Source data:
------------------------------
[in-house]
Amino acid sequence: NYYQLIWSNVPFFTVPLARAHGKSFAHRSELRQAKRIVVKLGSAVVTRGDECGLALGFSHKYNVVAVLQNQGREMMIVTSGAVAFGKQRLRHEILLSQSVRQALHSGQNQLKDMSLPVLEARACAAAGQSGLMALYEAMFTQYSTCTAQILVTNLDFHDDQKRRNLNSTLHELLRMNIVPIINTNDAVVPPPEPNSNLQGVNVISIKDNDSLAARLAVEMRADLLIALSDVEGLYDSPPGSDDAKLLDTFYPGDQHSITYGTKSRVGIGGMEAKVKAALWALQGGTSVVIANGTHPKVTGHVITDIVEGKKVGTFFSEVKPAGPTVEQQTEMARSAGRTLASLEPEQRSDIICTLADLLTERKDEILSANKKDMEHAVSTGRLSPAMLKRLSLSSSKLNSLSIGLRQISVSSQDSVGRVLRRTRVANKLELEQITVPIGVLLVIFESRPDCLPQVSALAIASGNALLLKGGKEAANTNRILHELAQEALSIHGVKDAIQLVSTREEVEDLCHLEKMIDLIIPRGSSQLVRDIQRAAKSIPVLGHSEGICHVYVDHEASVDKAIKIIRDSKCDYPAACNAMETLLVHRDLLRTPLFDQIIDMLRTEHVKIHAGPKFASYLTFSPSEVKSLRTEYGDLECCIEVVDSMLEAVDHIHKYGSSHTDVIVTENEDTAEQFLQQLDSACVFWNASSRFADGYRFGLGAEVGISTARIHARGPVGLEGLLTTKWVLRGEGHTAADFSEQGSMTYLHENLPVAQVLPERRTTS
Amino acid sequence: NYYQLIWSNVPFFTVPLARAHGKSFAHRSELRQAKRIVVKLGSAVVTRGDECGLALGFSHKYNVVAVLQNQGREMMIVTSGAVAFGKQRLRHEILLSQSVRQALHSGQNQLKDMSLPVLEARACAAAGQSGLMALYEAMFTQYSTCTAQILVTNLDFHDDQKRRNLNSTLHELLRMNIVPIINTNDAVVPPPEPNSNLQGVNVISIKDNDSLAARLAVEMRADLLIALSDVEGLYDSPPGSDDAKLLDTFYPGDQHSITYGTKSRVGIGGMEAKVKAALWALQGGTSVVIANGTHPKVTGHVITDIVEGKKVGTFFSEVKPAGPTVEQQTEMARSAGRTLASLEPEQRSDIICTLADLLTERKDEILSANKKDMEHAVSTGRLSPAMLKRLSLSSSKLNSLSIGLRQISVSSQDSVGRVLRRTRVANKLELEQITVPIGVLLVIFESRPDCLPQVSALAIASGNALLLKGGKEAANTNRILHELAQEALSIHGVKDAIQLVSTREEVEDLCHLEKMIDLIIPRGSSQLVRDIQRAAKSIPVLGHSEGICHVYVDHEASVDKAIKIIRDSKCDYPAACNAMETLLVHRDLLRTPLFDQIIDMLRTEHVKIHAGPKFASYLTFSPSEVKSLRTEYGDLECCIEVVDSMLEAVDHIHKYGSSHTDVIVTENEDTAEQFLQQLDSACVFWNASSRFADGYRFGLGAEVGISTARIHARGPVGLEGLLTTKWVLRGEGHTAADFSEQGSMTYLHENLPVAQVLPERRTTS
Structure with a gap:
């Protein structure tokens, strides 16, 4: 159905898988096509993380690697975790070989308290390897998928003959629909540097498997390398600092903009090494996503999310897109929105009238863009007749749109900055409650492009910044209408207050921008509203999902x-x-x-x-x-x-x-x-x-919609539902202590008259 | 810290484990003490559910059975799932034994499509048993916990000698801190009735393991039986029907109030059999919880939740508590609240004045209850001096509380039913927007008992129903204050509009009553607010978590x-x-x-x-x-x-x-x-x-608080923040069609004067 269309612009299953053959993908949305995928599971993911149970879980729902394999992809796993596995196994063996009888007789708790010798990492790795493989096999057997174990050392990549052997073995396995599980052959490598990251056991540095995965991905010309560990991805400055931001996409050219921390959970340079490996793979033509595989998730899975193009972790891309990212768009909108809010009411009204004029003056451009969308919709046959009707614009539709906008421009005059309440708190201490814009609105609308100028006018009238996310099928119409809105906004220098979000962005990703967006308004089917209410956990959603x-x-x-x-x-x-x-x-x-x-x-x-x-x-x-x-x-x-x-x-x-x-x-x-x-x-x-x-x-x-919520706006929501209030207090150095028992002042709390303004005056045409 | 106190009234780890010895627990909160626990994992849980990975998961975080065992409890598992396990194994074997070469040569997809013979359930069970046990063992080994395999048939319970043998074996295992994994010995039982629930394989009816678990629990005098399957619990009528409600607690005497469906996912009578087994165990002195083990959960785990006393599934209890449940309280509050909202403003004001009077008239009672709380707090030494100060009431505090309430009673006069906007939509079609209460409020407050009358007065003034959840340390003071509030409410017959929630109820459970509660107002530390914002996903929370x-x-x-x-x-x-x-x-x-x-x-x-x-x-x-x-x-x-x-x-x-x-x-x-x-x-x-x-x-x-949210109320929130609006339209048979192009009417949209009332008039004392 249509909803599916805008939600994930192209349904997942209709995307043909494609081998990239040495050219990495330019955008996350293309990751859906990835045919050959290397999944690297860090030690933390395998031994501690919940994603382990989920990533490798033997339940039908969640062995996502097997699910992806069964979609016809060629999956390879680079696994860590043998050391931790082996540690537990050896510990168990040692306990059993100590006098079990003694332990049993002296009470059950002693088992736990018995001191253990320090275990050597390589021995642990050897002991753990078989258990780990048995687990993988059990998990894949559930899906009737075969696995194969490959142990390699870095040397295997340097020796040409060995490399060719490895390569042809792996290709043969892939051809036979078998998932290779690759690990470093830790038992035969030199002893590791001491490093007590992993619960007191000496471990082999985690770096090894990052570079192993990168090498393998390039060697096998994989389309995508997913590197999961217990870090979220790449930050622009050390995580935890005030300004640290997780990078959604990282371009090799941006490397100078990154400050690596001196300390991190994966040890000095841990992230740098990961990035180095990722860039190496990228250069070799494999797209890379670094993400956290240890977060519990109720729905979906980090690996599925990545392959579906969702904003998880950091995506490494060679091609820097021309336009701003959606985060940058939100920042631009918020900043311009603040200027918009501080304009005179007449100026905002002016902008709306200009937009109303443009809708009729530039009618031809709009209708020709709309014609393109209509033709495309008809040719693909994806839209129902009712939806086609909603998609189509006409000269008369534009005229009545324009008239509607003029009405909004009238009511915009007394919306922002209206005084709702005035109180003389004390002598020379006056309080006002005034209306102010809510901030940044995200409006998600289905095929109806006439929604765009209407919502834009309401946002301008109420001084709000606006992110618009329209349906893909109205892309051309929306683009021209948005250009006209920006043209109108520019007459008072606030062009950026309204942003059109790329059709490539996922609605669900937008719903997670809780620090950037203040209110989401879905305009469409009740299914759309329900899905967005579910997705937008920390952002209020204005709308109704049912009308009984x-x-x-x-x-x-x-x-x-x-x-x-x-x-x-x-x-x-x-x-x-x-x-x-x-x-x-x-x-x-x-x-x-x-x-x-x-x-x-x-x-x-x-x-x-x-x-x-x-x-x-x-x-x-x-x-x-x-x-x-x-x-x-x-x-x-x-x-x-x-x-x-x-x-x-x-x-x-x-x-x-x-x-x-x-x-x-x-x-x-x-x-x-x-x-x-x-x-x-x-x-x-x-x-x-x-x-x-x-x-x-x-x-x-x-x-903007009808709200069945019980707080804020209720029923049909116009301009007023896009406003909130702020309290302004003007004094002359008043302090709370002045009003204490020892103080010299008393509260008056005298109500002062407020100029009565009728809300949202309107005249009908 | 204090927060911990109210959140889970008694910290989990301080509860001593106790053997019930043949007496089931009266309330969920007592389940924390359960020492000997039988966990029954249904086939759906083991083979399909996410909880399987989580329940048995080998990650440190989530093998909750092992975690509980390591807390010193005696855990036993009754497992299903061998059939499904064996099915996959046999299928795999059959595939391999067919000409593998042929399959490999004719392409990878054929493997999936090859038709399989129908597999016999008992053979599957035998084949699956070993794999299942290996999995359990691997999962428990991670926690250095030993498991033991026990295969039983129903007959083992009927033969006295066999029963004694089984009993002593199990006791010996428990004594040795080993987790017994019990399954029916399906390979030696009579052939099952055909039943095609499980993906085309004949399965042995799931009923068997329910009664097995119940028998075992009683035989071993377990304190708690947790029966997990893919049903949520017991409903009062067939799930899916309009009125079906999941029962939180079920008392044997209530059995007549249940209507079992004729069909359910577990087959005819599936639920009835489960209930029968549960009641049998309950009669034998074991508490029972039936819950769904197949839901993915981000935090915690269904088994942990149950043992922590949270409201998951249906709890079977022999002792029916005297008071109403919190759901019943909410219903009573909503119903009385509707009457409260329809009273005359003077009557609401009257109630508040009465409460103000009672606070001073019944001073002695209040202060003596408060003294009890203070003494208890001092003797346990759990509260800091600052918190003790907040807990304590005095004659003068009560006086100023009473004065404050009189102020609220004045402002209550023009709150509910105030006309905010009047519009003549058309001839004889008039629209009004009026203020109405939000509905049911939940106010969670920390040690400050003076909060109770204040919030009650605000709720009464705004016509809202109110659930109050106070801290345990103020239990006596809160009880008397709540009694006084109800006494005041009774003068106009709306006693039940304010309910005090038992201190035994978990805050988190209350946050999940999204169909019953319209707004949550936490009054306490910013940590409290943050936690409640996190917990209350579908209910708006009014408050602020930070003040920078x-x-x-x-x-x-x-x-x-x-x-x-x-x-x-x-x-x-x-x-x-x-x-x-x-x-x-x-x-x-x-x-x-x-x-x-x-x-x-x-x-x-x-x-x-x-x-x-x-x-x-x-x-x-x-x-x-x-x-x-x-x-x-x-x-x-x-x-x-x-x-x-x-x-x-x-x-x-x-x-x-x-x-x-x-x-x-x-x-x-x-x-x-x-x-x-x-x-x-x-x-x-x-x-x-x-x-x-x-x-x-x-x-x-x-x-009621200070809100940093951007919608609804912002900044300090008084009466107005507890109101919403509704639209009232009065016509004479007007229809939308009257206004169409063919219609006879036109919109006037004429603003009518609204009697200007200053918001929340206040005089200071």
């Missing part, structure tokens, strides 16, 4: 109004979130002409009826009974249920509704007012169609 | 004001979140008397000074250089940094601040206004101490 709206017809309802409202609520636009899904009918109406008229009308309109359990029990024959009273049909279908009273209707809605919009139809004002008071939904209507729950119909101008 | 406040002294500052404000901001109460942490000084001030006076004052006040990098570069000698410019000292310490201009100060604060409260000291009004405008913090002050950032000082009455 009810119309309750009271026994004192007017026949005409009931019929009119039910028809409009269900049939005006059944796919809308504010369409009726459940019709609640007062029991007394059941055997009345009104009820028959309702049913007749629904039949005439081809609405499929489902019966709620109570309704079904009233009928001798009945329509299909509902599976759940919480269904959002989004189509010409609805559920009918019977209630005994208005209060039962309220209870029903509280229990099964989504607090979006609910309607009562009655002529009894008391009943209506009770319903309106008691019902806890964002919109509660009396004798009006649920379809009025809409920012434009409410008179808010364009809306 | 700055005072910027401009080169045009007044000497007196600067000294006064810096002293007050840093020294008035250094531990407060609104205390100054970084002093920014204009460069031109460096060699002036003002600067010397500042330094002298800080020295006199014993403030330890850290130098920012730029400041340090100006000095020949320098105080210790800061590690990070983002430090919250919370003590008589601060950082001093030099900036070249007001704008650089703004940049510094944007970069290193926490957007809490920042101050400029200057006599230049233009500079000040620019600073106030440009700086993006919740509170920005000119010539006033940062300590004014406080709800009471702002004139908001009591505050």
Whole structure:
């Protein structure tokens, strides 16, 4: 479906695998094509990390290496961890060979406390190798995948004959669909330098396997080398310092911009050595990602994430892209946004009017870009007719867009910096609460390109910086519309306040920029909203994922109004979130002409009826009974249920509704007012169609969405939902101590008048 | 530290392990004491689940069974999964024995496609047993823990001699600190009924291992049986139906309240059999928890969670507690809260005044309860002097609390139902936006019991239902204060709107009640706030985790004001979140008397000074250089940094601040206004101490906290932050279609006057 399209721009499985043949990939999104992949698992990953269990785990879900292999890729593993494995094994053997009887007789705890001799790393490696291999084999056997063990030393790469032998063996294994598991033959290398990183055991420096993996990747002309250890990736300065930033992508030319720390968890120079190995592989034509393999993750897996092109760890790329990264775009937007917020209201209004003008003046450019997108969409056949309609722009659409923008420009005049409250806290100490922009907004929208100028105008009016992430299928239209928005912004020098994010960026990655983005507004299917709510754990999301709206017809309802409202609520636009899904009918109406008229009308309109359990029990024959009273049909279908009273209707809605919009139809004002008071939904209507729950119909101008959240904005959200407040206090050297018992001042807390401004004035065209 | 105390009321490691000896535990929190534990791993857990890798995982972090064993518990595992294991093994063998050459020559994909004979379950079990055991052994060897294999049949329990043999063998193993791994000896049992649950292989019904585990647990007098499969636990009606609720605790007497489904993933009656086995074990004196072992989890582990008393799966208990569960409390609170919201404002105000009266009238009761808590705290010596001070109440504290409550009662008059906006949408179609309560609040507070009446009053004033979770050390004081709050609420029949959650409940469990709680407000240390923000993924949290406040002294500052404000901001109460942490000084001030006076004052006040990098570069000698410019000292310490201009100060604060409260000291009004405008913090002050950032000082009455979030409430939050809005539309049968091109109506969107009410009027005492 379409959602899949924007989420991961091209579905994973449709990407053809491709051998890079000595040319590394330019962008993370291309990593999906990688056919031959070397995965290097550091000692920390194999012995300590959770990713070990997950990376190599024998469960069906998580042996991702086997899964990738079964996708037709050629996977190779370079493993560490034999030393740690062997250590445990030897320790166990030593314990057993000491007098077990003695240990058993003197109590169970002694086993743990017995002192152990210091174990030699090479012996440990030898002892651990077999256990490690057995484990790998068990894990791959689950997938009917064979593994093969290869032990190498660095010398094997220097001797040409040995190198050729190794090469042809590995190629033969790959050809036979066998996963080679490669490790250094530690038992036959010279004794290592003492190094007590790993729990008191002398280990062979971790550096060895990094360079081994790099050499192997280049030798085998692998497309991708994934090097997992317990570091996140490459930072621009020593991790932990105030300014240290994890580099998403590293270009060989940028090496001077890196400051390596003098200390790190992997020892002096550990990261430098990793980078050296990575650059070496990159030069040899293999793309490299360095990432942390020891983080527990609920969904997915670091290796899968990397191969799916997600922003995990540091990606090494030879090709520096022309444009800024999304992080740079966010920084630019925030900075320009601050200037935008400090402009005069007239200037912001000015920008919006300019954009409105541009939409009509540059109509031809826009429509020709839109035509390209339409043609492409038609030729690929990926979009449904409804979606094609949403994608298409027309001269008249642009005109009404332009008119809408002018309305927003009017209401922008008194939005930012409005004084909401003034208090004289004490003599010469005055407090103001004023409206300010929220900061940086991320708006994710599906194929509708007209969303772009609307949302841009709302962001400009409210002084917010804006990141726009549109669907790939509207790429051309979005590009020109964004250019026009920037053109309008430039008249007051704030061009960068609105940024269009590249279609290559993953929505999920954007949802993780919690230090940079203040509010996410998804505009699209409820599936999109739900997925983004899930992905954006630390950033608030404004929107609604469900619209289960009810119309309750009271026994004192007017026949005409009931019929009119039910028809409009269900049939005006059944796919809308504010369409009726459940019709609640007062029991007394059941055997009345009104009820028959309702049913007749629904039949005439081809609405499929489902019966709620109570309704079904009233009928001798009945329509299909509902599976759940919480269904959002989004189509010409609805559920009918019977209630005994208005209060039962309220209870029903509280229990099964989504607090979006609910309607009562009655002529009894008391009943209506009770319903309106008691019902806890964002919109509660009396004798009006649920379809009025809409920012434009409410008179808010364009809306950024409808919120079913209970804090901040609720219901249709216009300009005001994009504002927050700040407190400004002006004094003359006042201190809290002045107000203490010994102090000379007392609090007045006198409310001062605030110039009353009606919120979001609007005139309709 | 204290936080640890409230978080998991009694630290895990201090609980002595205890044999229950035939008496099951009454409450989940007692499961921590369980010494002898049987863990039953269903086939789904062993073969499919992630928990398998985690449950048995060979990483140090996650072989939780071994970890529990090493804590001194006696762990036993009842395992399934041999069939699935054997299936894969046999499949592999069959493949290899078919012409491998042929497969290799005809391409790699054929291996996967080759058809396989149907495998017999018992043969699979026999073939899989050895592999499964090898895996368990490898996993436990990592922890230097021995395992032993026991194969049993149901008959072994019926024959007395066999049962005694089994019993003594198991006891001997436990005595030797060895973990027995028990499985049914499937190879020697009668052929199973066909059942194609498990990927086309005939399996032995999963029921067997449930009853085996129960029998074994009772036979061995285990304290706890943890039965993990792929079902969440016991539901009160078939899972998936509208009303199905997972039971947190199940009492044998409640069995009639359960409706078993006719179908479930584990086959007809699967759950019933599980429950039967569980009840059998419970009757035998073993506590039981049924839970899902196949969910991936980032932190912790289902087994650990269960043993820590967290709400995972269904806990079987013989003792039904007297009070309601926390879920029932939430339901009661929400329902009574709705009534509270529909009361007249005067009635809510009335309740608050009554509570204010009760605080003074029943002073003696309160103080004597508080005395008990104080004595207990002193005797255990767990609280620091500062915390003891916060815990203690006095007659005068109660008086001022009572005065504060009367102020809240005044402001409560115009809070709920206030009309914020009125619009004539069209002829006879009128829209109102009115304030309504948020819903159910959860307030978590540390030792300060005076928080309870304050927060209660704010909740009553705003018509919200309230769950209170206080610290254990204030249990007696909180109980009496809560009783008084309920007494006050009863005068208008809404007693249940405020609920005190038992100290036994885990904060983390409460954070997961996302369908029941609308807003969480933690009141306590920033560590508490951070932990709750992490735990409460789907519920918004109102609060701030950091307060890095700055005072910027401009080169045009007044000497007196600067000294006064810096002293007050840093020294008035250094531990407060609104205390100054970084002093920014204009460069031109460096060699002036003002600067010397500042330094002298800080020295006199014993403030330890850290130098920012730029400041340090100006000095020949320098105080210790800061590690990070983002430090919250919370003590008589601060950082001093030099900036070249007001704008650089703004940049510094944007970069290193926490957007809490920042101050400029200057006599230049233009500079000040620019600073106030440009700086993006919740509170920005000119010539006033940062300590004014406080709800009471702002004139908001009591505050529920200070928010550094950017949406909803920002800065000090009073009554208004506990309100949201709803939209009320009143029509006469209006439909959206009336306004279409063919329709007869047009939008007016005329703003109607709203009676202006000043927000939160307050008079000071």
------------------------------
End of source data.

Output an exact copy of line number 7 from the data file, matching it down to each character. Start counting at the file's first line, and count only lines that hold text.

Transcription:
Whole structure: